I noted last week how empty Washington Square Park was as I walked there but at no time did I feel nervous walking through. Yet, A Walk In the Park Blog reports that two people (one a Parks Department employee) have been attacked in the last month in Washington Square, one attack occurred last week.
On February 10th, a Parks Enforcement Patrol (PEP) officer patrolling the park was assaulted, and, a few weeks prior, a tourist was apparently attacked in the men’s room. People leaving comments at A Walk in the Park Blog have stated how “dangerous” they believe Washington Square Park is and suggested that the New York City Parks Department is keeping these incidents quiet.
From A Walk In the Park Blog:
New details have emerged in the attack of a female Park Enforcement Officer (PEP) in Washington Square Park on Thursday, February 10th. PEP Officer Brooks was attacked by a homeless male described as an emotionally disturbed person (EDP) at approximately 11:30am.
The officer, working solo, was sitting in a vehicle when she was approached by multiple park patrons complaining of man harassing people in the park, according to city sources.
The man was reportedly going up to people making gestures like he was going to hit them. One patron said “Hey this guy is going to hurt somebody, you have to say something to this guy. “
The piece continues, reporting that the officer, a female, told the man to stop; he approached her and was “irate.” The officer called for back-up which did not arrive in time to assist her. No one from the public intervened. After some words, the man kicked her in the stomach and then fled the park.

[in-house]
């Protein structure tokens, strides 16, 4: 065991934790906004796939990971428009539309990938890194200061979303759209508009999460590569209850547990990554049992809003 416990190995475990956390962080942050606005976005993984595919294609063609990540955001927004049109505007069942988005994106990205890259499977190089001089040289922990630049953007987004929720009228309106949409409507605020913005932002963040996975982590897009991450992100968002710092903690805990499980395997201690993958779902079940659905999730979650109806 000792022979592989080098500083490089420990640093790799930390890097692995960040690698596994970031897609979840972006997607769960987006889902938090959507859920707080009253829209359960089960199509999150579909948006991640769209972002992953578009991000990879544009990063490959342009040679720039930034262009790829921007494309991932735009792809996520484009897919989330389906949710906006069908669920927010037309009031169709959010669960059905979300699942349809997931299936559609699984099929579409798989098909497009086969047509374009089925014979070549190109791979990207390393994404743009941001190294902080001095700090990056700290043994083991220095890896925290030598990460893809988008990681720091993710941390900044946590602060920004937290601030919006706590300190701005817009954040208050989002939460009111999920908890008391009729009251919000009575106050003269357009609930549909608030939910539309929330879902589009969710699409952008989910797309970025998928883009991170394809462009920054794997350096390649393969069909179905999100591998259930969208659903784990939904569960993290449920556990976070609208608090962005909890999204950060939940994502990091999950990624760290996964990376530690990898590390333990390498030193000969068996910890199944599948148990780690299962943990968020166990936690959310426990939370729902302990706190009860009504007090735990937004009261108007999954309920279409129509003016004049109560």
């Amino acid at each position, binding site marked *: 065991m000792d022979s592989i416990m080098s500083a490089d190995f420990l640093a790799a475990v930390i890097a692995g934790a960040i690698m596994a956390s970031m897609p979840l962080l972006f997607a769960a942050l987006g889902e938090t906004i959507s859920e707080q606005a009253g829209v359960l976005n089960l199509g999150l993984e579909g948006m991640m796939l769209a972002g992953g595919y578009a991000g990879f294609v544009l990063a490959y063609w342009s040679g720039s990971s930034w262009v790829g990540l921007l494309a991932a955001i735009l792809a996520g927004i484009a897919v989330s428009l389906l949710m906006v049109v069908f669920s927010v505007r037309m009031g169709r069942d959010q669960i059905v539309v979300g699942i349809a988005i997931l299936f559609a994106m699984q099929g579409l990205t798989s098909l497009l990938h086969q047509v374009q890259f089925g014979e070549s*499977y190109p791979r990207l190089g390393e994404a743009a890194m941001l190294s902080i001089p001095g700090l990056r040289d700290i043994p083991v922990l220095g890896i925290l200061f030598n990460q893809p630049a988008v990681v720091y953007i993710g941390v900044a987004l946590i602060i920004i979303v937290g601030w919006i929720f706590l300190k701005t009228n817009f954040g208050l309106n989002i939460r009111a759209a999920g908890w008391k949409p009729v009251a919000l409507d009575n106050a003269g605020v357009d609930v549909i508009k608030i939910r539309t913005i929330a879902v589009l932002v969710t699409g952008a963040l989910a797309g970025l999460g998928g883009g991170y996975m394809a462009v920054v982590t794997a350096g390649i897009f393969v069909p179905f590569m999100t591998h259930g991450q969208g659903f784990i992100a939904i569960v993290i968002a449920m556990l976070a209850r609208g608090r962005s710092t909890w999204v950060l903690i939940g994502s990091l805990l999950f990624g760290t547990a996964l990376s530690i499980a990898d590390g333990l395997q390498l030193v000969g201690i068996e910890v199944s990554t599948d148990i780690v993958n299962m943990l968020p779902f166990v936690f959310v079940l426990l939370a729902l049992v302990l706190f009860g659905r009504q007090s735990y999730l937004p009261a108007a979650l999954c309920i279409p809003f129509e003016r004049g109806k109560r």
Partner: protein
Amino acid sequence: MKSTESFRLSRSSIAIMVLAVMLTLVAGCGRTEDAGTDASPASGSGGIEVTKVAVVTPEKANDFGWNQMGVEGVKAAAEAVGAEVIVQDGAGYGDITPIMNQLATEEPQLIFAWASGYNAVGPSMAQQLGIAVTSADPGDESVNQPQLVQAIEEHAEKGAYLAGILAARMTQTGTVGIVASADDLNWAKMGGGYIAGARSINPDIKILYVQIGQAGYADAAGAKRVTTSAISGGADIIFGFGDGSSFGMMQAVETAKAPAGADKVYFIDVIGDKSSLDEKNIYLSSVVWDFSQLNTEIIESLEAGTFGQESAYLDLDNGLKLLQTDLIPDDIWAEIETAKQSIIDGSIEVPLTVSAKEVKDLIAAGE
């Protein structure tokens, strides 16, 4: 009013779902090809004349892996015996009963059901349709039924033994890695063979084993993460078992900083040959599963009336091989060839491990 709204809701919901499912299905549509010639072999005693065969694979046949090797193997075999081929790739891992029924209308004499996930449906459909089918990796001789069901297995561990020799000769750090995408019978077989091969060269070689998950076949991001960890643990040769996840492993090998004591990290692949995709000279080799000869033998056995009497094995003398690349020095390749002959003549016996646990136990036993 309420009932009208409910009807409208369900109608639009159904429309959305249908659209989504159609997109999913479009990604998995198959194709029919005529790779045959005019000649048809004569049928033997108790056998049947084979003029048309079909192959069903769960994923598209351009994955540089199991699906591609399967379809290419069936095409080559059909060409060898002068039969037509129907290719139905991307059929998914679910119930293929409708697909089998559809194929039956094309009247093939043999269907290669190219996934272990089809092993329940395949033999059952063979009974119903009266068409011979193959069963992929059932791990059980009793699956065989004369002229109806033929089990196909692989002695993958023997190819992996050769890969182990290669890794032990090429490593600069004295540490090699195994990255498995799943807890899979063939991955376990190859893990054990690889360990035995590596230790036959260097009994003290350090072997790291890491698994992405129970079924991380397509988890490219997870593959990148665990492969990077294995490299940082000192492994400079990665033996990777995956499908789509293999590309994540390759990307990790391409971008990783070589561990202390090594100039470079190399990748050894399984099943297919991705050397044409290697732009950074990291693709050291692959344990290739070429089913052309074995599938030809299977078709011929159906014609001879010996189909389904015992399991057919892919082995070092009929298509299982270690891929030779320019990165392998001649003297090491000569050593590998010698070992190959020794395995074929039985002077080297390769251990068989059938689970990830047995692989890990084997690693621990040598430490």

In addition, A Walk in the Park writes of the other attack at the park:
This incident follows a vicious assault on a tourist by an EDP in the men’s bathroom a few weeks earlier in the park. The tourist, believed to be French, was punched in the face and left bloodied, and knocked out on the floor. The assailant is reportedly a park regular. No arrests have been made in that incident either. – Geoffrey Croft
This brings up a lot of questions: Are these isolated incidents? Is having 3/4 of the park closed at one time leading to a more insecure and vulnerable situation there? Has the climate of “safety” in the city changed in general? Are other parks experiencing this?